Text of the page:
The private island had a great beach, but it was disappointing that the ship didn't even put up a volleyball net. Went to an Aruba beach that was pretty dirty, but we made up for that experience by having a great seafood dinner at a restaurant near the cruise port. No other excursions. We had a great time walking around Curacao. In Cartagena the heat was so oppresive and taxi drivers so irritating that we refused to leave the port; but that was okay because a small zoo with birds, monkeys and an anteater at the end of the dock was fascinating (I let a parrot climb on my arm, where he proceeded to dismantle my watch). At Puerto Limon, the ship people tried to scare us into not walking around town - we did so anyway, and it was interesting and safe though rather decrepit; we found a vendor selling fresh made empanadas, a park with a sloth high in a tree, a pretty beach, and the best straw-market of the cruise.

I wasn't going to rate the exercise facilities. Then I remembered all those walks around the ship on the third deck. It was great. Never windy. Lots of people out walking. There is a running track on the tenth deck, but it is too short to enjoy anything except the act of running.

Embarkation was weird. I had gotten an upgrade a couple of days before the cruise was due to leave. The staff on shore didn't seem to know about it, and wanted to give me the old room. Still, got it straightened out and we boarded the ship in plenty of time. Debarkation was great - we were off the ship maybe ten minutes after what had been predicted. Customs didn't even ask what we were carrying.

Other non-cruise stuff. Before the cruise, we stayed at the Ramada Inn Airport - Cruiseport; it is a very clean, classic Florida motel from the 1960s, with impeccable shuttles running from the airport and to the cruise port. After the cruise, we rented a car from Enterprise, who seem no longer to claim that "we'll pick you up", at least not at Port Everglades. Drove down to Homestead to the world's best tropical fruit stand - Richard Is Here. Stayed in the downtown Ramada Inn in Fort Lauderdale, which was every bit as funky Florida as the first one. But like a reminder that nothing is perfect, we ended up enduring four hours on the torture devices that American Airline calls seats.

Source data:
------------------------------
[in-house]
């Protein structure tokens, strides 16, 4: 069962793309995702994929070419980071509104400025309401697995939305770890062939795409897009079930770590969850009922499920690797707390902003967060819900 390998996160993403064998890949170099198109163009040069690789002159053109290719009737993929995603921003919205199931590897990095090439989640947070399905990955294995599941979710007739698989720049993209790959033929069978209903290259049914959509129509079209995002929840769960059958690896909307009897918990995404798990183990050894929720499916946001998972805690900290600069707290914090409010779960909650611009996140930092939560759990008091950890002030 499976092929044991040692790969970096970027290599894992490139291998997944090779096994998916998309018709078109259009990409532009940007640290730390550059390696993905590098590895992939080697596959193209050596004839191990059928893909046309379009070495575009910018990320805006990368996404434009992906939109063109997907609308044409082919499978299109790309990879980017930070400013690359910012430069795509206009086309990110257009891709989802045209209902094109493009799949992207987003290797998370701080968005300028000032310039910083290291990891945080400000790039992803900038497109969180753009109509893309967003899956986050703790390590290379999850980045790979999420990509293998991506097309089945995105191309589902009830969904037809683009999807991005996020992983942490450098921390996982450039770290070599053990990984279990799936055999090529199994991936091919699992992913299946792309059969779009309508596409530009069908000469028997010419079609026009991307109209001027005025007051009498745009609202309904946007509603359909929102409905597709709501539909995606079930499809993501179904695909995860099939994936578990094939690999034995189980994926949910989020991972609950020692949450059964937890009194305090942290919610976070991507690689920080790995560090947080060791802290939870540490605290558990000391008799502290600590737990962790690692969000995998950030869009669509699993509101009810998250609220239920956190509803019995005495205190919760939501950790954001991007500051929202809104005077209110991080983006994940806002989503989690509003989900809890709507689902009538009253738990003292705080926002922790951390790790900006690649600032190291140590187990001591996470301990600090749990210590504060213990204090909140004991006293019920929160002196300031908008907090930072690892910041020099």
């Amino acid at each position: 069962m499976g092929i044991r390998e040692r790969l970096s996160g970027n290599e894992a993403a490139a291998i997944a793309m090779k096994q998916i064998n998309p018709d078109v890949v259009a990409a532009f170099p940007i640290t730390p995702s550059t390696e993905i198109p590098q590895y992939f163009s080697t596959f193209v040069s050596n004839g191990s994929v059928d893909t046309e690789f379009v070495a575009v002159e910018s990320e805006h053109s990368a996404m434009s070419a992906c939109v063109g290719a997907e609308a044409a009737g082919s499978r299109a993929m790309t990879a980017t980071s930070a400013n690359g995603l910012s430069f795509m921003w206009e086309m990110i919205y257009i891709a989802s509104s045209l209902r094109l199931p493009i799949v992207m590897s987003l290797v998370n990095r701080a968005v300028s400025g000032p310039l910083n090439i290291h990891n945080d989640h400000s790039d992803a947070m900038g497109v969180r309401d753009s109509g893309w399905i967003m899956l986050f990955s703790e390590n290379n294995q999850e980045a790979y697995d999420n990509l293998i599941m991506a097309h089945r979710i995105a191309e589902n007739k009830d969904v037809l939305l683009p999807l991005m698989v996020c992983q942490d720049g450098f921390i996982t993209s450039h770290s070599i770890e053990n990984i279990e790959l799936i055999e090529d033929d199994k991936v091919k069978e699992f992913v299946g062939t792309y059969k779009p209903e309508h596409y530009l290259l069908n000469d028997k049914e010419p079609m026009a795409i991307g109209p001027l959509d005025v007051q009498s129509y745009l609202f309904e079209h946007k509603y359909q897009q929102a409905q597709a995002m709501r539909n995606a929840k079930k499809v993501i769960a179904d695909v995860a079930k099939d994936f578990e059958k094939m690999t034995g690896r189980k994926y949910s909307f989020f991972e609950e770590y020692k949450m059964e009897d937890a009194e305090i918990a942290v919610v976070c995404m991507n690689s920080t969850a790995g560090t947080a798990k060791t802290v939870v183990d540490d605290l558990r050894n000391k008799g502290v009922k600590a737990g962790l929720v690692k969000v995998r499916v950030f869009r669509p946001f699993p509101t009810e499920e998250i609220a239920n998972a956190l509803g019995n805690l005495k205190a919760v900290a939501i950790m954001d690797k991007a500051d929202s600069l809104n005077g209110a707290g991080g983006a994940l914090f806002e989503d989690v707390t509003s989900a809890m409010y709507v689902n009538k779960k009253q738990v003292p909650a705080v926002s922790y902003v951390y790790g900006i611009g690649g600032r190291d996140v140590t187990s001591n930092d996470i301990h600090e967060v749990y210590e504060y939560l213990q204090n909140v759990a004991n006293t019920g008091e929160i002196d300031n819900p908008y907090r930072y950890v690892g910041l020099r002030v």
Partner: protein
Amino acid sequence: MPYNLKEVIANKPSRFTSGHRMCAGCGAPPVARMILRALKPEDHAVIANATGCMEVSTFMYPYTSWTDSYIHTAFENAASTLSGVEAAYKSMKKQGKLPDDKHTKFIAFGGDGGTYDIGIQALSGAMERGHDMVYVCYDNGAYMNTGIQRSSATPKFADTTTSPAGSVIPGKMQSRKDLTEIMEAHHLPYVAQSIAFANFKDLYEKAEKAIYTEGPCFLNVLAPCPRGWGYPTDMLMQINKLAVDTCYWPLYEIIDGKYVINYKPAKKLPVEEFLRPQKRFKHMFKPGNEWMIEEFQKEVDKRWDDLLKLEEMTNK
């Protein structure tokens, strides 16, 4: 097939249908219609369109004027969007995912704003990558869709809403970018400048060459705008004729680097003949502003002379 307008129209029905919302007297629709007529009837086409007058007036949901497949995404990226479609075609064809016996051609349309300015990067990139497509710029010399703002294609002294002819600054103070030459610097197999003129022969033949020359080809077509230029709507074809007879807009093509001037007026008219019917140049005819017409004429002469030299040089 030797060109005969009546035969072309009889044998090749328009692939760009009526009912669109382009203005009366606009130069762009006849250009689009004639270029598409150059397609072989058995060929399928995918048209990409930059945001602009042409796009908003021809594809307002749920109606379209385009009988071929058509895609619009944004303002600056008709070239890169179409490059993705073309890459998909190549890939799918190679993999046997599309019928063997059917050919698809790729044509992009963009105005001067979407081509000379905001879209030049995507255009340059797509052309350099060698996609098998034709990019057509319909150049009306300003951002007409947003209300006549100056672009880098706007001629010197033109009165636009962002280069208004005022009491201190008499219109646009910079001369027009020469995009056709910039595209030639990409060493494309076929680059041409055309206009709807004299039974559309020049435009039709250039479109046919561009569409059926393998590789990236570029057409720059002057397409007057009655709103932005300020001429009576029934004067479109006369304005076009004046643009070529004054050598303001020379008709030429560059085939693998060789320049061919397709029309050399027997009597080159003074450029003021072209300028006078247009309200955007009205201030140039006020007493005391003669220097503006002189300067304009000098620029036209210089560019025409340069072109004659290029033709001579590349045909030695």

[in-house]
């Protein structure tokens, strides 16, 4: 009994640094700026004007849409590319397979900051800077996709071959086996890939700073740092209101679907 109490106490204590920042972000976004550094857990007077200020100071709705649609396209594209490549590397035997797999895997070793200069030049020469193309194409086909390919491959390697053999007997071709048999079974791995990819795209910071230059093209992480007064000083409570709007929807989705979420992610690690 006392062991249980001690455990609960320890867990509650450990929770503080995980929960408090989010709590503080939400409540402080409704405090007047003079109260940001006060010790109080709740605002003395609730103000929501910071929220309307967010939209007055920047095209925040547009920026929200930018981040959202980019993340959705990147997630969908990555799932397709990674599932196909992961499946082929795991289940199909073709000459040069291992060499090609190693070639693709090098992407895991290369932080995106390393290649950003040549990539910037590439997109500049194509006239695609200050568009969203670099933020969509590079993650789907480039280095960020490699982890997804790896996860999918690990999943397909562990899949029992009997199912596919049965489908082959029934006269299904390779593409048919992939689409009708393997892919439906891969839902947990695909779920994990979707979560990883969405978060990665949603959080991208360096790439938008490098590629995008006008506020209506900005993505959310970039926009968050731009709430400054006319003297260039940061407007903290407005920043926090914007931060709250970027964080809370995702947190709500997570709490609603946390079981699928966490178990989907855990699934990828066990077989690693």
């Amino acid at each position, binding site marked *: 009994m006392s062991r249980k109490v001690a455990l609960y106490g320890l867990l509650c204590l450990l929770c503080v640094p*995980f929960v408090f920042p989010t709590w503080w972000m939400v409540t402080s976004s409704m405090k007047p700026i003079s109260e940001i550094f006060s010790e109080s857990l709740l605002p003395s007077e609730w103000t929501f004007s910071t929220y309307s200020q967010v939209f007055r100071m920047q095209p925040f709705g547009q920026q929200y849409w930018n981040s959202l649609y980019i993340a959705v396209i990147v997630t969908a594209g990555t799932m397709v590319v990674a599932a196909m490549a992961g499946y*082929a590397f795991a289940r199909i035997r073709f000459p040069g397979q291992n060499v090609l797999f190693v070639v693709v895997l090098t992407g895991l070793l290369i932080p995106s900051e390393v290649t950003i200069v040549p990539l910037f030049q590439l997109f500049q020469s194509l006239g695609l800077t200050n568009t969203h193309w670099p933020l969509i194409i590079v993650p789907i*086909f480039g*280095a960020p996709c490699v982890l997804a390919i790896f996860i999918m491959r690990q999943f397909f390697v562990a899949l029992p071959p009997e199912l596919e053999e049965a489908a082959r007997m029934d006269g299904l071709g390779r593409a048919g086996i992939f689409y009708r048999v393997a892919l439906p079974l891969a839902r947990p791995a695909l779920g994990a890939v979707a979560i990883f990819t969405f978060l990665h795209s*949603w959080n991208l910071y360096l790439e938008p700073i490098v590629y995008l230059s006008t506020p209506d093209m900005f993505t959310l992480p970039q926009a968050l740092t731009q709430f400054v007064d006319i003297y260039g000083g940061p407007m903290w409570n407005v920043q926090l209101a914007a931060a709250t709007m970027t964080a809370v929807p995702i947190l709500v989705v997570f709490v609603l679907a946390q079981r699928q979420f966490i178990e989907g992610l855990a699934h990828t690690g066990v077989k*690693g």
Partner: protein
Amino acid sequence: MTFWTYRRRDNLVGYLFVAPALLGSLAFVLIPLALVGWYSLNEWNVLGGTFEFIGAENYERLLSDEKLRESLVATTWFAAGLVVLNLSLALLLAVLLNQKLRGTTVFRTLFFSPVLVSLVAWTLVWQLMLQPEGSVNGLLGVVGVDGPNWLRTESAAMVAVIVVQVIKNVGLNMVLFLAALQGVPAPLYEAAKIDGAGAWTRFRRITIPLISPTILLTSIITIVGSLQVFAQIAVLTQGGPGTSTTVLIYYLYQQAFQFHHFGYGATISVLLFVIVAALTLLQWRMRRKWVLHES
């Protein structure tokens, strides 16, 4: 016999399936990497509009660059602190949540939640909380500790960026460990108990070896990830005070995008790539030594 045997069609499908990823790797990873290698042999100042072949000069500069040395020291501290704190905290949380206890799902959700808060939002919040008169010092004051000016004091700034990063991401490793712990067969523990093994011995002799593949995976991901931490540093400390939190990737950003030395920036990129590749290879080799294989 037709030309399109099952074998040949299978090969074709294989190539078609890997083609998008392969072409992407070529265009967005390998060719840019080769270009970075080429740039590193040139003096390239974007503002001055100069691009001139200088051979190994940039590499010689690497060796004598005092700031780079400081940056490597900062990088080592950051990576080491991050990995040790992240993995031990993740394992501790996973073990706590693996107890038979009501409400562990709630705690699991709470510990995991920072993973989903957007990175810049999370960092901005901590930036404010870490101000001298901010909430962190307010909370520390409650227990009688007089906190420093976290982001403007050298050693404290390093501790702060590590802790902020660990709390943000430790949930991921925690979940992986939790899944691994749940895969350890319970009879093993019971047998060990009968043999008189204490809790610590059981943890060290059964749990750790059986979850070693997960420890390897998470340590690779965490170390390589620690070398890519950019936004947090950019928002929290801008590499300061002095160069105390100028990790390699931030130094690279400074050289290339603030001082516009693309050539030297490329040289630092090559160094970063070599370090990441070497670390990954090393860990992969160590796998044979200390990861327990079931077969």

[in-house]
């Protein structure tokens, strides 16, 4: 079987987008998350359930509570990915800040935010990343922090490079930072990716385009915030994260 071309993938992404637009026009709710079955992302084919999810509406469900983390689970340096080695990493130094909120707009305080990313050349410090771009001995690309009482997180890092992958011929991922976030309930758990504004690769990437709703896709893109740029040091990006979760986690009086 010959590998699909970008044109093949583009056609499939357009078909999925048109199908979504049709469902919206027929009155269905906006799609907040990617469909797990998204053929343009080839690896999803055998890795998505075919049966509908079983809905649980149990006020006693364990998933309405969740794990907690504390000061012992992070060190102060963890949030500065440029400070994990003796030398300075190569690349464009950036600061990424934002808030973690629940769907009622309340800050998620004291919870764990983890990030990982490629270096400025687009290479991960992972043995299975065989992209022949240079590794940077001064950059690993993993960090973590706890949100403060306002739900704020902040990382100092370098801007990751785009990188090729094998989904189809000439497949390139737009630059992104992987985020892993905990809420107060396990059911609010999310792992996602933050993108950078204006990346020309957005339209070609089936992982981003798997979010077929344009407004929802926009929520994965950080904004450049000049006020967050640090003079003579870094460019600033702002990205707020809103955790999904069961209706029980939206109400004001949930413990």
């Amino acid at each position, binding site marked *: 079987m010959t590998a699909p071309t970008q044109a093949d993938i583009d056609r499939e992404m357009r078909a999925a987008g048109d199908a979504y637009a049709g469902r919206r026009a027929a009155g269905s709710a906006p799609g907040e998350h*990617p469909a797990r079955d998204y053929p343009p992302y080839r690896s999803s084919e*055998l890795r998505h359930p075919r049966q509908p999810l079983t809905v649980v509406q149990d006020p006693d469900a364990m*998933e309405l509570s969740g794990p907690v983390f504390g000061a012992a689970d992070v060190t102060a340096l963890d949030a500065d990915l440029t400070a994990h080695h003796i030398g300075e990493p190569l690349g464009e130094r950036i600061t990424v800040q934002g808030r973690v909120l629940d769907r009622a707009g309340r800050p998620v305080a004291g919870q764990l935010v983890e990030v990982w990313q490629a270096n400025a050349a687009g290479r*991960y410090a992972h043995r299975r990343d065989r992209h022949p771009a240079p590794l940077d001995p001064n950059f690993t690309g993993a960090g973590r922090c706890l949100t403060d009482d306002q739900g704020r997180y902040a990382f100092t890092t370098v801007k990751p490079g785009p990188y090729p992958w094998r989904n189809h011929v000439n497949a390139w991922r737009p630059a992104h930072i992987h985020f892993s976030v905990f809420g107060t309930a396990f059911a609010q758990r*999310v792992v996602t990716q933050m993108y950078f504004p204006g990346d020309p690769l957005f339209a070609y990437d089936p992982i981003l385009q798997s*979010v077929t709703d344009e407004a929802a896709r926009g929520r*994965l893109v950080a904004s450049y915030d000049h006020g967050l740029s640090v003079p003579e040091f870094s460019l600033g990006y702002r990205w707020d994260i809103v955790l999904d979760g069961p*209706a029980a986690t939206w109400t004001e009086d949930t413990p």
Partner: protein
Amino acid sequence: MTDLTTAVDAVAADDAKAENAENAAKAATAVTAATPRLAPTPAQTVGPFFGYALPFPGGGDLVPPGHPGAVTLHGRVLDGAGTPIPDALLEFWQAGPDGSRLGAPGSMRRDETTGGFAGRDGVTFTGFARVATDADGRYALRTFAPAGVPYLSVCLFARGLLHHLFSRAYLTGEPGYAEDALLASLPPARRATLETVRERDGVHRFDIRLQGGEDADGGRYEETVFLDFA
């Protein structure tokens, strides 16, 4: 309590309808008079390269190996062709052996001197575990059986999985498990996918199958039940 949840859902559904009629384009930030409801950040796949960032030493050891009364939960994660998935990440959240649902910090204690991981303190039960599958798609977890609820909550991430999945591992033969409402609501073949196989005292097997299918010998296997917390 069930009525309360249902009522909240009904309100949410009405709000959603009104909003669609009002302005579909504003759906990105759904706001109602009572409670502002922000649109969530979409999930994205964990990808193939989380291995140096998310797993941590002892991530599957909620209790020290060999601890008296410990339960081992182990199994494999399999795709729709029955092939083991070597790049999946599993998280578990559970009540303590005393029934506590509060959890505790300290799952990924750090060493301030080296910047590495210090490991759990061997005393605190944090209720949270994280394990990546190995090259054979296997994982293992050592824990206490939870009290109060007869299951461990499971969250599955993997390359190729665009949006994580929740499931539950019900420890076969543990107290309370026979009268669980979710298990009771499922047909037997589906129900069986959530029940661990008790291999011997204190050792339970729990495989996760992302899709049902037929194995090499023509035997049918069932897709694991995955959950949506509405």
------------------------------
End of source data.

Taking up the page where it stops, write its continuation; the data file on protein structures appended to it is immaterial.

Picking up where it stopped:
The ports were by far the best part of the cruise. Although having cruised in the Caribbean many times, each of these ports was new to me. I would go back to any of them. Considering that I have paid less for a seven day cruise than what the taxes cost on the Panama Canal cruise, I probably won't cruise through the canal again. And if HAL wants me to go on another of their cruises, they will have to convince me that they have improved their food a whole lot.
tmlane’s Full Rating Summary
Enrichment Activities
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Embarkation
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Cabin Review

Deluxe Ocean-View Verandah Stateroom
Cabin VB 4134
On the small size of adequate, but some good things. Tiny bathtub is much better than most showers, but may be difficult for some older folks to climb into. Space under bed was used for drawers. The balcony was huge, but the uncomfortable furniture would have worked just as well on a smaller balcony.
Observation Deck Inside Cabins, Balcony Cabins

Port & Shore Excursion Reviews